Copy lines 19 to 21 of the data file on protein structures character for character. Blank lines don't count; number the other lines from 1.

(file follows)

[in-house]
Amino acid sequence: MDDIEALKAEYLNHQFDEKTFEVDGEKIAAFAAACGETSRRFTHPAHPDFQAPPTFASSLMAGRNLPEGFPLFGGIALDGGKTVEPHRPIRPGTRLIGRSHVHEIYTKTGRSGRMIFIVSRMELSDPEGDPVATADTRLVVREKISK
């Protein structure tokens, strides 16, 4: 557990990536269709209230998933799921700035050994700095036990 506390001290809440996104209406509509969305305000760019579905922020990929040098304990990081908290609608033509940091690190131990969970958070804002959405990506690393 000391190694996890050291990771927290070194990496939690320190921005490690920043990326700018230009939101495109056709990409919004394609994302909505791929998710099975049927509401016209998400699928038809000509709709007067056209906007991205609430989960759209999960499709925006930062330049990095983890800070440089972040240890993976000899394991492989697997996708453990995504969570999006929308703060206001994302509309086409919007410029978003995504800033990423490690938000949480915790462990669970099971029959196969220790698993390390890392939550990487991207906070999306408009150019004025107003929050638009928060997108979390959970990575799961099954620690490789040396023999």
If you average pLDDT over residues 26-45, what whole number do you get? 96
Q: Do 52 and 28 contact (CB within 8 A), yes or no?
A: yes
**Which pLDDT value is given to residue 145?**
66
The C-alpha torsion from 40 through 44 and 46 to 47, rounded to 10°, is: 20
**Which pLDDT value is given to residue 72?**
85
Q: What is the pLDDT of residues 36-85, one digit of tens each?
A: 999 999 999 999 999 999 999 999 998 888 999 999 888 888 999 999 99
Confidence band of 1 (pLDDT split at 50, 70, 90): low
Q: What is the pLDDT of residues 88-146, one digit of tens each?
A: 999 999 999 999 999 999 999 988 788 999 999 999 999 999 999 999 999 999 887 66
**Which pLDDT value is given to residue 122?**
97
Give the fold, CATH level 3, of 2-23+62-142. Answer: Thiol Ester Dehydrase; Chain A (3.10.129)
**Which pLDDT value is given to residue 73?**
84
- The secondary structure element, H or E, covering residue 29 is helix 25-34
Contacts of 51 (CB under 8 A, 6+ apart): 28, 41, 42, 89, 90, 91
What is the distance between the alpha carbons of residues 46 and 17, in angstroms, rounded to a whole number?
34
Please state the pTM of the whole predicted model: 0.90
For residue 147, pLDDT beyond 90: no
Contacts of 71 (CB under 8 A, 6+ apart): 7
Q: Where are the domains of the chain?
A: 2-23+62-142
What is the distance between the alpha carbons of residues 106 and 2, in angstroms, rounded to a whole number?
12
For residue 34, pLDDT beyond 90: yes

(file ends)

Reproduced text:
Give the fold, CATH level 3, of 2-23+62-142. Answer: Thiol Ester Dehydrase; Chain A (3.10.129)
**Which pLDDT value is given to residue 73?**
84